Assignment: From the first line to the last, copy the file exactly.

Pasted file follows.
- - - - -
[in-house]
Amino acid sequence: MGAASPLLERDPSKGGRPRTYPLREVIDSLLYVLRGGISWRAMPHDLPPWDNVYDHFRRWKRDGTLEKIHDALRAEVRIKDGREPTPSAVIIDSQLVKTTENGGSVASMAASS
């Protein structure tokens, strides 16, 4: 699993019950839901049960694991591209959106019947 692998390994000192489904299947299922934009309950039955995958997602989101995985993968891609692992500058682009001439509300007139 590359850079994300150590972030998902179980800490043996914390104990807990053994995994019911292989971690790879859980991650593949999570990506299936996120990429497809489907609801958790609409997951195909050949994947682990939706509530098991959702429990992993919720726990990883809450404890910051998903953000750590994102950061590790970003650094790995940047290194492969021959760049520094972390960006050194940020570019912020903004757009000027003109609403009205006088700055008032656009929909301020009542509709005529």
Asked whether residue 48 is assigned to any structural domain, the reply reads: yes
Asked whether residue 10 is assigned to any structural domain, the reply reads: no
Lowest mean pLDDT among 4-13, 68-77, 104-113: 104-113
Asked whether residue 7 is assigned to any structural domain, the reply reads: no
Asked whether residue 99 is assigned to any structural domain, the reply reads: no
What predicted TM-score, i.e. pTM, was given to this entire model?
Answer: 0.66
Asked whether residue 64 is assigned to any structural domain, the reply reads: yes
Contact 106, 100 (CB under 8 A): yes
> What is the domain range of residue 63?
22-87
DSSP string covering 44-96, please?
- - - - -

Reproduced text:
[in-house]
Amino acid sequence: MGAASPLLERDPSKGGRPRTYPLREVIDSLLYVLRGGISWRAMPHDLPPWDNVYDHFRRWKRDGTLEKIHDALRAEVRIKDGREPTPSAVIIDSQLVKTTENGGSVASMAASS
């Protein structure tokens, strides 16, 4: 699993019950839901049960694991591209959106019947 692998390994000192489904299947299922934009309950039955995958997602989101995985993968891609692992500058682009001439509300007139 590359850079994300150590972030998902179980800490043996914390104990807990053994995994019911292989971690790879859980991650593949999570990506299936996120990429497809489907609801958790609409997951195909050949994947682990939706509530098991959702429990992993919720726990990883809450404890910051998903953000750590994102950061590790970003650094790995940047290194492969021959760049520094972390960006050194940020570019912020903004757009000027003109609403009205006088700055008032656009929909301020009542509709005529």
Asked whether residue 48 is assigned to any structural domain, the reply reads: yes
Asked whether residue 10 is assigned to any structural domain, the reply reads: no
Lowest mean pLDDT among 4-13, 68-77, 104-113: 104-113
Asked whether residue 7 is assigned to any structural domain, the reply reads: no
Asked whether residue 99 is assigned to any structural domain, the reply reads: no
What predicted TM-score, i.e. pTM, was given to this entire model?
Answer: 0.66
Asked whether residue 64 is assigned to any structural domain, the reply reads: yes
Contact 106, 100 (CB under 8 A): yes
> What is the domain range of residue 63?
22-87
DSSP string covering 44-96, please?